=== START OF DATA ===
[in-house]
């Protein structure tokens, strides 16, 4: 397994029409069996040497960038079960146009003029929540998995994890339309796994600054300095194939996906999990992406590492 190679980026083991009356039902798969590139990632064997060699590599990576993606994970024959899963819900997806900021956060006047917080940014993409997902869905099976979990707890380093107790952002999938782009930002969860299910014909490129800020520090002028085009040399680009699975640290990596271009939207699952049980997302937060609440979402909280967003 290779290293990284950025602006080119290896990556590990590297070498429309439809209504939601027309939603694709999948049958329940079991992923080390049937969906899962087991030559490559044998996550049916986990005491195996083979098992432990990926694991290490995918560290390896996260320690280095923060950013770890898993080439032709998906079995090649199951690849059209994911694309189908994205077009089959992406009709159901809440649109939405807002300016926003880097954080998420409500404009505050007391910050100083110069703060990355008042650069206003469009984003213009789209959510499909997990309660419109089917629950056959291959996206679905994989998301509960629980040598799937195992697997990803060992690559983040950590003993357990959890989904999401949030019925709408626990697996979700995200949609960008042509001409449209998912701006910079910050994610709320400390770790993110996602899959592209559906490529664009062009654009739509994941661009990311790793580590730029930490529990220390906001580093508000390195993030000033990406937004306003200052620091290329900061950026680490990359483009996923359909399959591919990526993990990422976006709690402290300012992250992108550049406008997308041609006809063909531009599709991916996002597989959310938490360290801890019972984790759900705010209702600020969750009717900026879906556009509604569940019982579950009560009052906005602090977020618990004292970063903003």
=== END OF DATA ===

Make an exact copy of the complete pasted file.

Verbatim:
[in-house]
């Protein structure tokens, strides 16, 4: 397994029409069996040497960038079960146009003029929540998995994890339309796994600054300095194939996906999990992406590492 190679980026083991009356039902798969590139990632064997060699590599990576993606994970024959899963819900997806900021956060006047917080940014993409997902869905099976979990707890380093107790952002999938782009930002969860299910014909490129800020520090002028085009040399680009699975640290990596271009939207699952049980997302937060609440979402909280967003 290779290293990284950025602006080119290896990556590990590297070498429309439809209504939601027309939603694709999948049958329940079991992923080390049937969906899962087991030559490559044998996550049916986990005491195996083979098992432990990926694991290490995918560290390896996260320690280095923060950013770890898993080439032709998906079995090649199951690849059209994911694309189908994205077009089959992406009709159901809440649109939405807002300016926003880097954080998420409500404009505050007391910050100083110069703060990355008042650069206003469009984003213009789209959510499909997990309660419109089917629950056959291959996206679905994989998301509960629980040598799937195992697997990803060992690559983040950590003993357990959890989904999401949030019925709408626990697996979700995200949609960008042509001409449209998912701006910079910050994610709320400390770790993110996602899959592209559906490529664009062009654009739509994941661009990311790793580590730029930490529990220390906001580093508000390195993030000033990406937004306003200052620091290329900061950026680490990359483009996923359909399959591919990526993990990422976006709690402290300012992250992108550049406008997308041609006809063909531009599709991916996002597989959310938490360290801890019972984790759900705010209702600020969750009717900026879906556009509604569940019982579950009560009052906005602090977020618990004292970063903003």